Widespread shaking was felt across much of South Jersey about 4:50 p.m. Thursday, after an earthquake was reported in Delaware.
The U.S. Geological Survey reported a 4.1 magnitude earthquake centered 6.2 miles to the east-northeast of Delaware.
The earthquake was first reported as a magnitude 5.1 by the United States Geological Survey, but was downgraded twice. According to Michigan Tech, earthquakes with magnitudes between 4.0 to 4.9 are considered "light" and cause only minor damage. There were no immediate reports of damage or injuries.
Earthquakes in South Jersey and the mid-Atlantic usually occur when slowly accumulated strain within the Earth’s crust is suddenly released along a fault line. That strain translates into seismic waves that move along the surface and within the earth.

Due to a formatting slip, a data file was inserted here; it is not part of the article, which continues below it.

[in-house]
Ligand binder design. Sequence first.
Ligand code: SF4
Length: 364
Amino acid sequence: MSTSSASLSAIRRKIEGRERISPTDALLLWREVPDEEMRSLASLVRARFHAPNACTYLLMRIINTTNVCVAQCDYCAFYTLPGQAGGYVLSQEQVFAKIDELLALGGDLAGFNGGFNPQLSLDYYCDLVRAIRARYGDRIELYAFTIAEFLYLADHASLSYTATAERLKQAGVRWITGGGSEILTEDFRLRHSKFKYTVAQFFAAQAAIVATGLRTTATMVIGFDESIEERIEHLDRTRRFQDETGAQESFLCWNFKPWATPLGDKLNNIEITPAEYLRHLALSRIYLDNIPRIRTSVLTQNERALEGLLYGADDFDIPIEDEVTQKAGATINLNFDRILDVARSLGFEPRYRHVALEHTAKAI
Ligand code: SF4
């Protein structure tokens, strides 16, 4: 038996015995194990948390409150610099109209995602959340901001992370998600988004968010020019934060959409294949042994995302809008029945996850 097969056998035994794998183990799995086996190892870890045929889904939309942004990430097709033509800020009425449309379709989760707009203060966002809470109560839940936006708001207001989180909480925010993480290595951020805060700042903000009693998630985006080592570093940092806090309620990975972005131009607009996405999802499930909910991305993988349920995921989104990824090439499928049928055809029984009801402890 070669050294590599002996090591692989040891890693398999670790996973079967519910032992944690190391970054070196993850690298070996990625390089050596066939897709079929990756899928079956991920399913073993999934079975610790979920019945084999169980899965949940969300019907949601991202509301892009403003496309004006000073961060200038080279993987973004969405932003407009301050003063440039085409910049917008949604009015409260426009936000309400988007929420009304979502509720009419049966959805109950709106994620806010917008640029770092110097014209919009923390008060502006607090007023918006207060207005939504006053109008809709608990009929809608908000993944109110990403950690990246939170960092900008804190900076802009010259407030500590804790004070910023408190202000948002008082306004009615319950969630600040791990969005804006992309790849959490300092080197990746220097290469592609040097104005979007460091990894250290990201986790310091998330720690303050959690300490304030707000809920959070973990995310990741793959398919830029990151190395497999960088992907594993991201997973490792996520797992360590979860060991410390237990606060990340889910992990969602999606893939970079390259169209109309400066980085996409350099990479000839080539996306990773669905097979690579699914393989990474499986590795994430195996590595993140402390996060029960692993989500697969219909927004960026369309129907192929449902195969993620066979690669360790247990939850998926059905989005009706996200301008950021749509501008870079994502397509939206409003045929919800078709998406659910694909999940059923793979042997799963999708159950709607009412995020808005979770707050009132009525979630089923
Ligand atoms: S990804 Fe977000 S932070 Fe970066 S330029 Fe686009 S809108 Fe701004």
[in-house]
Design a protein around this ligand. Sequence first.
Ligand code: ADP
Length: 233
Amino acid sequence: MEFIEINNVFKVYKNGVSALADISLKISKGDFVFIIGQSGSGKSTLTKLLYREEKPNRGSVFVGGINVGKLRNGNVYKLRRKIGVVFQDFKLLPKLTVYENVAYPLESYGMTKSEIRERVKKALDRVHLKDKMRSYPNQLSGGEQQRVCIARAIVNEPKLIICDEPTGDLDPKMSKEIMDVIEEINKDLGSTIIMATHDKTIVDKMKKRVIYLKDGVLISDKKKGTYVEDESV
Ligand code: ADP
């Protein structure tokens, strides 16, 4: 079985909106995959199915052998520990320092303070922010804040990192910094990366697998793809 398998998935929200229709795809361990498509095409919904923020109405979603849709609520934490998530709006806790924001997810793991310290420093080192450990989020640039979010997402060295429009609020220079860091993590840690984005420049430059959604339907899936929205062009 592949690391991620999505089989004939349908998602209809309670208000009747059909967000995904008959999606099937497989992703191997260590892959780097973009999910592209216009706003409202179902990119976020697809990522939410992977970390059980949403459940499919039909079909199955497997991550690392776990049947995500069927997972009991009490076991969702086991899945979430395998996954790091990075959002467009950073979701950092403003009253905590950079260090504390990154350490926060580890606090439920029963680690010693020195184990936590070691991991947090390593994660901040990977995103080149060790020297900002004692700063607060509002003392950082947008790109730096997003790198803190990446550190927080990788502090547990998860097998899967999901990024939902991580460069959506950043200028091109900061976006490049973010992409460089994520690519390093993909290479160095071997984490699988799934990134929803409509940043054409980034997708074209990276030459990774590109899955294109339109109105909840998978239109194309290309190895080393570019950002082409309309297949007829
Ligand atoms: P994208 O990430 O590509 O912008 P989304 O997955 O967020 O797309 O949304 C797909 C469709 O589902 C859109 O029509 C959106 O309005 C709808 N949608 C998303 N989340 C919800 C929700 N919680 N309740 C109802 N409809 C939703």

Reports of shaking were felt as far north as Poughkeepsie, New York, to as far south as Richmond, Virginia. South Jersey residents have reported the shaking in Galloway Township as well as throughout Cape May County.
Martin Pagliughi, coordinator of the Cape May County Office of Emergency Management, said he felt the tremors.
“It seemed like an earthquake because it lasted several seconds," Pagliughi said. “It was not a sonic boom-type shaking.”
Emergency management officials received many calls after the tremors, Pagliughi said. He said his office was reaching out to the National Weather Service and U.S. Geological Survey for more information.
Since 1950, there have been nine earthquakes in the mid-Atlantic region as strong as or stronger than what was felt Thursday. Most recently, a magnitude 5.8 earthquake shook Central Virginia on Aug. 23, 2011. This caused buildings to sway across the region and millions of dollars in damage.